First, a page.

February 8, 2006
Excerpts: Let Go to Grow -- Part VI
A business platform has three distinct elements:
- Governance rules and rolesComponents are individual; a platform is designed for coordination and collaboration. Successful platforms require policies with teethgovernance rulesand allocation of authority and responsibility that ensures enterprise coordination plus localized application and innovation.
- Blueprints and interface standardsThe degree of linkage, extension, and collaboration rests on technology standards, industry practices, and process interfaces.
- Integration capabilitiesA platform coordinates many players in value webs and must be able to grow in reach, range, and robustness. Reach refers to the link with customers and partners; range, to the variety of roles a platform can play and services it can offer or support; robustness, to end-to-end quality and reliability.
The air traffic control system is a splendid illustration of these three platform elements. Governance rules and roles are the glue of ATC: its regulatory framework. The individual passenger is largely unaware that components, generating flight operations, check-in procedures, terminal operations, and facilities rely on these rules. ATC includes many blueprints to ensure coordination of components. The entire system must manage 5,000 planes in U.S. air space at any one time and synchronize all the many interactions this involves.
Let Go To Grow is an executive handbook for defining the business equivalent of the air traffic control system: your firms business platform. Agility is the key to profitable growth in commodity hell. It breaks the negative feedback loop of the tighten control strategy and creates options for growth.
We titled our book Let Go To Grow because letting go is the key management and cultural shift necessary to grow, to become a firm that combines speed, flexibility, adaptability, coordination, collaboration, and innovation. The role of the business platform is to enable growth, and the role of the corporate culture is to exploit the opportunities that the platform enables.
We base our analysis on an in-depth review of firms that have successfully made the shift to become agile firmsour work is not at all hypothetical. Although these leaders are very different in size, industry, strategy, and other ecosystem demographics, they show the same overall drive for growth. They accept commoditization and use their platforms as an ally. Wal-Mart and Dell sell commodity goods, and their supply chains are the coordination of components. GEs governance rules componentize its back-office and administrative processes across its many diverse units. This GE standardization creates, rather than blocks, innovations in organizational design and location.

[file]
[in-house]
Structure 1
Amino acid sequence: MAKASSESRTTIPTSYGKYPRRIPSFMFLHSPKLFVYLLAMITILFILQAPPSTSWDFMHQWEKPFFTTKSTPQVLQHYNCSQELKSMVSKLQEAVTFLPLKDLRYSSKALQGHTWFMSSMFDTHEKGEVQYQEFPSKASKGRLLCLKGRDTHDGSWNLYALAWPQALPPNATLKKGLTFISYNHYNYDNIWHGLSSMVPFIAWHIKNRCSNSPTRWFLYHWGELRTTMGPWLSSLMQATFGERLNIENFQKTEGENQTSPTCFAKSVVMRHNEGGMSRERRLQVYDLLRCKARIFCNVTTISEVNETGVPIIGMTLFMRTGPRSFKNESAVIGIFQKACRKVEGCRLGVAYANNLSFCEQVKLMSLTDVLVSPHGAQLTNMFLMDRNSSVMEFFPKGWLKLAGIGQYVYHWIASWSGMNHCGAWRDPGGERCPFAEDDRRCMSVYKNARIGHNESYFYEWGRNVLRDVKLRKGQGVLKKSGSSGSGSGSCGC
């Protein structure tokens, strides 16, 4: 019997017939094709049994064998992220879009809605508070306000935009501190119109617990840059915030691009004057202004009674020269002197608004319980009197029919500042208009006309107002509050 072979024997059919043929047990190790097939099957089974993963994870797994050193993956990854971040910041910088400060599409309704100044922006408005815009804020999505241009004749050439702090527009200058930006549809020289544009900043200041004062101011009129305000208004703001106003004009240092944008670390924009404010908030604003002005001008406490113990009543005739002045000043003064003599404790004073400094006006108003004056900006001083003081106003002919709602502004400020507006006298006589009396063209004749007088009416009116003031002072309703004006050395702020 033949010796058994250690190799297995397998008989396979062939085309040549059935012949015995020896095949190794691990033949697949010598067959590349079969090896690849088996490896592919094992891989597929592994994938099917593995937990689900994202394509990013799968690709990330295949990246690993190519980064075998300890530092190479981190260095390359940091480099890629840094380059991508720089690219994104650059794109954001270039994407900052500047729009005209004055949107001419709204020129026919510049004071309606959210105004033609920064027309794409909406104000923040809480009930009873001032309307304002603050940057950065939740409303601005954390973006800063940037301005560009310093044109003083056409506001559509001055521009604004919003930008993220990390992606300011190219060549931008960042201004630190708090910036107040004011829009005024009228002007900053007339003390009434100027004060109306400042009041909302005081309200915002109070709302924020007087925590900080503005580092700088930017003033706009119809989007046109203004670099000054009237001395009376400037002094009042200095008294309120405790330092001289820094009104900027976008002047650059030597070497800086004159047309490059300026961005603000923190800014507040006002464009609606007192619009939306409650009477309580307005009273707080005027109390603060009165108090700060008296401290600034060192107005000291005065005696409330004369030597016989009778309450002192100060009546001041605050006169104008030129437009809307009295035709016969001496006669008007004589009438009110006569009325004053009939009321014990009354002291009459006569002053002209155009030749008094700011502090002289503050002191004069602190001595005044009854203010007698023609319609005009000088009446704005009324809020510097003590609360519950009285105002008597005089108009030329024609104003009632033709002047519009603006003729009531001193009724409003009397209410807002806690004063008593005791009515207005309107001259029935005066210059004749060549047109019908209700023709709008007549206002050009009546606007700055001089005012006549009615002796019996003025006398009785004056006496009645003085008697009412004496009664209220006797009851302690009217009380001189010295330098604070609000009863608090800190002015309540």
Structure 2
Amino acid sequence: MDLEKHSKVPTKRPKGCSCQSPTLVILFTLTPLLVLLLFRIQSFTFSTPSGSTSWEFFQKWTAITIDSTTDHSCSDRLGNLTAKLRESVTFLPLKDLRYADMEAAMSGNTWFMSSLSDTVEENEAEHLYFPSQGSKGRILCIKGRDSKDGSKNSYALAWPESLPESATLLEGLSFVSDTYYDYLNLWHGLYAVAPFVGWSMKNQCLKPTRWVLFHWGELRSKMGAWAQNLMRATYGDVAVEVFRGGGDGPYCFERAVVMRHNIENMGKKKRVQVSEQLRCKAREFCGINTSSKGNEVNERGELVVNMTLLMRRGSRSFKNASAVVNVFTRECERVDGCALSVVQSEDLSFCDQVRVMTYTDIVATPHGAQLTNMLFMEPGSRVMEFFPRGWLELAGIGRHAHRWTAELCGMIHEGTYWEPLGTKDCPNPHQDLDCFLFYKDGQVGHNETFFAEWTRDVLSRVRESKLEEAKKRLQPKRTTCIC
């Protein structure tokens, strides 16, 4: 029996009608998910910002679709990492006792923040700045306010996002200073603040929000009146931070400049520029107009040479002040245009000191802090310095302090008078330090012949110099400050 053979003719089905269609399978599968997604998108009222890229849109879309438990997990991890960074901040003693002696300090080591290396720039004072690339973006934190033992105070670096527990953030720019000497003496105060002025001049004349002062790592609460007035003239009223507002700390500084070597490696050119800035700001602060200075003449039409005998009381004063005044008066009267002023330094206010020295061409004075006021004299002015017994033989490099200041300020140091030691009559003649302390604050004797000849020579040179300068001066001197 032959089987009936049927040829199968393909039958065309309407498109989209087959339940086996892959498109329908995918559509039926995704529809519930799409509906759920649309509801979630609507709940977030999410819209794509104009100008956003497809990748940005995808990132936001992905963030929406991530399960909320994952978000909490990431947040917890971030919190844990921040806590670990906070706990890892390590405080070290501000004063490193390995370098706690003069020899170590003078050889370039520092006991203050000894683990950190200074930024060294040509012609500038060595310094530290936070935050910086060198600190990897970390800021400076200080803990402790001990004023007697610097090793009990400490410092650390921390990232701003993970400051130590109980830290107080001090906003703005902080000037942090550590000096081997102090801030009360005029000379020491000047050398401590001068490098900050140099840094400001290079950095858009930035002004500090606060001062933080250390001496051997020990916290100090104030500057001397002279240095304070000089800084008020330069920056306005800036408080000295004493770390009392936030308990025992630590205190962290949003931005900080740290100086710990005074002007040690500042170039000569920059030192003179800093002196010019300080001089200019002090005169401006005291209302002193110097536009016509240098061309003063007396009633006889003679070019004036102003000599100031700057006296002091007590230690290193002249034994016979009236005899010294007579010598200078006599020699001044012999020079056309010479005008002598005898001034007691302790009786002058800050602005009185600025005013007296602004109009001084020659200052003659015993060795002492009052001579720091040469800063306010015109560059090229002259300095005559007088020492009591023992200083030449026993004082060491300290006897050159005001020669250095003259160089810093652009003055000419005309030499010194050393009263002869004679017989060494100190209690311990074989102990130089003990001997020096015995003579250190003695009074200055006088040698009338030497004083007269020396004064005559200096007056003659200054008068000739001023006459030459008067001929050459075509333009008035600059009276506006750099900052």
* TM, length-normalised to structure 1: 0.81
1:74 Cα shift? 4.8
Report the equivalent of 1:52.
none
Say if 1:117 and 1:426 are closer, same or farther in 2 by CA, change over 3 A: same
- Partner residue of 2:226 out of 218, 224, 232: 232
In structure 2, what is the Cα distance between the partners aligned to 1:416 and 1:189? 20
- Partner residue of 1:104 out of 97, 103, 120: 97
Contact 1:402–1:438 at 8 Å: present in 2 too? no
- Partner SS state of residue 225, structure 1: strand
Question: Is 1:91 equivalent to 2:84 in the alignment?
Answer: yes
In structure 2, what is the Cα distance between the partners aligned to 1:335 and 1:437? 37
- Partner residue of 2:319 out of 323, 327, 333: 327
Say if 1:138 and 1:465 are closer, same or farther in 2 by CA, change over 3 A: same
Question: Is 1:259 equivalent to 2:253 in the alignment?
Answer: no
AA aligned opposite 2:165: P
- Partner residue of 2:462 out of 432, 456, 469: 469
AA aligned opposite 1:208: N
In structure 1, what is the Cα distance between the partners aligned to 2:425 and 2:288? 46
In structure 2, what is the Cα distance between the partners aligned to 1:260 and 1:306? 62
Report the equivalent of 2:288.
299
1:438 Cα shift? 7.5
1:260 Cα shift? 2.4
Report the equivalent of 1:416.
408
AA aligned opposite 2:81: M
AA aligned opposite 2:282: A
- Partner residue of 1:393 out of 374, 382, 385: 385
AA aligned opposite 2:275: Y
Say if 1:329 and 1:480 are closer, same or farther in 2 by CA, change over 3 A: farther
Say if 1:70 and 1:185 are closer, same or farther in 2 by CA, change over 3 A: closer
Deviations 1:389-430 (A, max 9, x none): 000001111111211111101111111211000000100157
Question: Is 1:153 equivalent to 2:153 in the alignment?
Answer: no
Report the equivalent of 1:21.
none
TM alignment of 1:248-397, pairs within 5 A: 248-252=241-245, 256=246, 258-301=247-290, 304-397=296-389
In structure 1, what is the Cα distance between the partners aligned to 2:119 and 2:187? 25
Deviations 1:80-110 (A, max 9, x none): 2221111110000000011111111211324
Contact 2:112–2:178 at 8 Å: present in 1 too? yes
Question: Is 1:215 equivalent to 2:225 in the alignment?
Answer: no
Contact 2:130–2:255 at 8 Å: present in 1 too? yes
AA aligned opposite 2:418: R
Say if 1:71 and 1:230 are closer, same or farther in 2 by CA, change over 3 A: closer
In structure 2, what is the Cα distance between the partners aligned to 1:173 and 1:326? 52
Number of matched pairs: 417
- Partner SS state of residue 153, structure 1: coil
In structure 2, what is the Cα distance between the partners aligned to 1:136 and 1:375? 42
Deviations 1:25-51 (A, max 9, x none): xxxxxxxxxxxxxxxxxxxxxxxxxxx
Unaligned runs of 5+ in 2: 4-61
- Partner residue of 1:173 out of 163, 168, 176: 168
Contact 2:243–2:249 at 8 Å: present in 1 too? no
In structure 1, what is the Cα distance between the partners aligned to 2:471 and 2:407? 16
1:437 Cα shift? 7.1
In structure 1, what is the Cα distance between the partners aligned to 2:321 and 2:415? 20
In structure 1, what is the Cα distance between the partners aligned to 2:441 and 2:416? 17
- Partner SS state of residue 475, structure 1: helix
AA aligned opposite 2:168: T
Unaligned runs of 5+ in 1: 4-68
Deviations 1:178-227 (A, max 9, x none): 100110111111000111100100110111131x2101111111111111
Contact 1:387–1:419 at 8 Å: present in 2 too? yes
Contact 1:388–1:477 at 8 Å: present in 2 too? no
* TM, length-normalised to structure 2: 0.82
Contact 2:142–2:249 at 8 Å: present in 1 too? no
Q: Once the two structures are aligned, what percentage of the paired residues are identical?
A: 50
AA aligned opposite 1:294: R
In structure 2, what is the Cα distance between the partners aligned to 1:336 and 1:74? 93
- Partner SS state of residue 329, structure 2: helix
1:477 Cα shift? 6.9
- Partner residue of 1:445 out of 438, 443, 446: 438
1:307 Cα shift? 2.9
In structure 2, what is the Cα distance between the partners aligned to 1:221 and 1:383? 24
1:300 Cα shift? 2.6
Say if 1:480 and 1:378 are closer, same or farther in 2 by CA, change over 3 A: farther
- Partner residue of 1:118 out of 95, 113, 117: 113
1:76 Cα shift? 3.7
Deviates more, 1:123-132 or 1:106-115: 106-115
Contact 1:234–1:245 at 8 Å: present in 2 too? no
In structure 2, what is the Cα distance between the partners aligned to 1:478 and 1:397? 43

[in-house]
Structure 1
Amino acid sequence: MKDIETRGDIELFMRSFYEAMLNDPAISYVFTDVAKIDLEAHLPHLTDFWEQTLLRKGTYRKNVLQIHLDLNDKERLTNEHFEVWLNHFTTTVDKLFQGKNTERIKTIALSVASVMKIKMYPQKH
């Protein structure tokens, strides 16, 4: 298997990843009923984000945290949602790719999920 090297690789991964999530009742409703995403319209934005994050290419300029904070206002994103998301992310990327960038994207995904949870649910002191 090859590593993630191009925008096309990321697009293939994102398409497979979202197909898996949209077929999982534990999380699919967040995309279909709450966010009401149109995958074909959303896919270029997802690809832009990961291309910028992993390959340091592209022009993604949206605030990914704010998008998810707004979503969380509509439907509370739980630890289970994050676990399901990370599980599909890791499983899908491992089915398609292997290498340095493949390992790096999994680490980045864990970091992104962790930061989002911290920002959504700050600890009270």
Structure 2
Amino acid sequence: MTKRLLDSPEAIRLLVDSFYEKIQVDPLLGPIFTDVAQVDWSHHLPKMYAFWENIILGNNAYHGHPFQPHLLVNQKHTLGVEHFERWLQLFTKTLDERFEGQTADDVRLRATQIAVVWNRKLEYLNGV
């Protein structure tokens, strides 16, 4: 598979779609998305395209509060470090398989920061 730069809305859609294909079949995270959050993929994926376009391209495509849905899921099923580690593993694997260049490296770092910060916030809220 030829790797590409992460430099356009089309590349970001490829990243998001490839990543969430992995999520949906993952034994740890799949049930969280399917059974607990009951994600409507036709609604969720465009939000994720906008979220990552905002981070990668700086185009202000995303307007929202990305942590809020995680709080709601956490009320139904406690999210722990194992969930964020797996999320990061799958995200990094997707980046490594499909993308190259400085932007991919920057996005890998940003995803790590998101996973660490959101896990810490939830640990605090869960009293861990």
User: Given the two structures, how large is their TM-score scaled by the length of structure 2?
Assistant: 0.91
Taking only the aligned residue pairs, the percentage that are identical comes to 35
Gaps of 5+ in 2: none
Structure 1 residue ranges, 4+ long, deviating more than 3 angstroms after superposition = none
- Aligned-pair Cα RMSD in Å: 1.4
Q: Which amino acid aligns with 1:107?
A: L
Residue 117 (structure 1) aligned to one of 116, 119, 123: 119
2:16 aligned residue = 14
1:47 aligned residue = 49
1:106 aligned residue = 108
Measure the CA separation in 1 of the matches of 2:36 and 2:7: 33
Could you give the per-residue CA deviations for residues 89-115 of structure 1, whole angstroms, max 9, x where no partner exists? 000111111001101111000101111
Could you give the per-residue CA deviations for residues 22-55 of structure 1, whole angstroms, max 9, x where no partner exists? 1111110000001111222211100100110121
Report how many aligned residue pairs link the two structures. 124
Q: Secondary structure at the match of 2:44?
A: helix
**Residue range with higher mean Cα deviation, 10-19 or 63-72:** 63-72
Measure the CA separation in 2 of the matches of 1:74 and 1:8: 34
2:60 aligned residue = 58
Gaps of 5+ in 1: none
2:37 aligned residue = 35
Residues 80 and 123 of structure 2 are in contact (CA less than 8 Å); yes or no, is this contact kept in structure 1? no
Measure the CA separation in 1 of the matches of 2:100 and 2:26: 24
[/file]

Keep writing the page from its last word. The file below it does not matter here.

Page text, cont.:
Growth leaders let go of the traditional value chain and build relationships everywhere, relying on partners for capabilities that used to be protected as core and kept in-house. They turn outsourcing of functions into insourcing of capabilities, drawing on collaborations in design, engineering, and distribution that they bring in-house even though outside parties handle them.
They grow through others growth. UPS handles close to two-thirds of all online e-commerce transactions. Its ads speak of its synchronizing its customers entire logistics, from warehousing to shipping to inventory management to financing. UPS gives up control to its customers in order to build growth, and in doing so, it fuels its partners profitable growth by providing logistical expertise, scale, and systems without the partner firms needing to make heavy investments of capital, organization, and people.
Growth leaders make the truisms about commitment to the customer a reality. They give up control of information and decision-making to the customer and facilitate customer innovation via their own platforms. Amazons platform synchronizes a set of components that even competitors like Borders use. Some 35,000 e-commerce technology developers use the Amazon technology platform as they want. Amazon associates are any person, company, club, public-sector group, or school anywhere that would like to earn commissions through connecting its customers to Amazon. FedEx gives customers complete control of their interactions with the companyFedEx gives up control to gain collaboration and growth. Similarly, eBay is explicitly, not accidentally, driven by its customers; eBay grows and grows as a result.
Above all, business-platform leaders are leaders because top management understands the platform issues. That is of critical importance to moving from component hell into platform-driven growth. Platforms rest above all on governance rules. Spot the component/commoditization trends early, and take charge of change.
This content is excerpted from Chapter 2 of the book titled, "Let Go to Grow: Escaping the Commodity Trap", authored by Linda Sanford, with Dave Taylor, copyright 2006 by International Business Machines Corporation, ISBN 0131482084, published Dec. 2005 by Prentice Hall Professional. Reproduced by permission of Pearson Education, Inc. All rights reserved.
About Dylan Schleicher
Dylan Schleicher has been a part of the 800-CEO-READ claque since 2003. Even though he's stayed on at the company, he has not stayed put. After beginning in shipping & receiving, he joined customer service and accounting before moving into his current, highly elliptical orbit of duties overseeing the ChangeThis and In the Books websites, the company's annual review of books and in-house design. He lives with his wife and two children in the Washington Heights neighborhood on Milwaukee's West Side.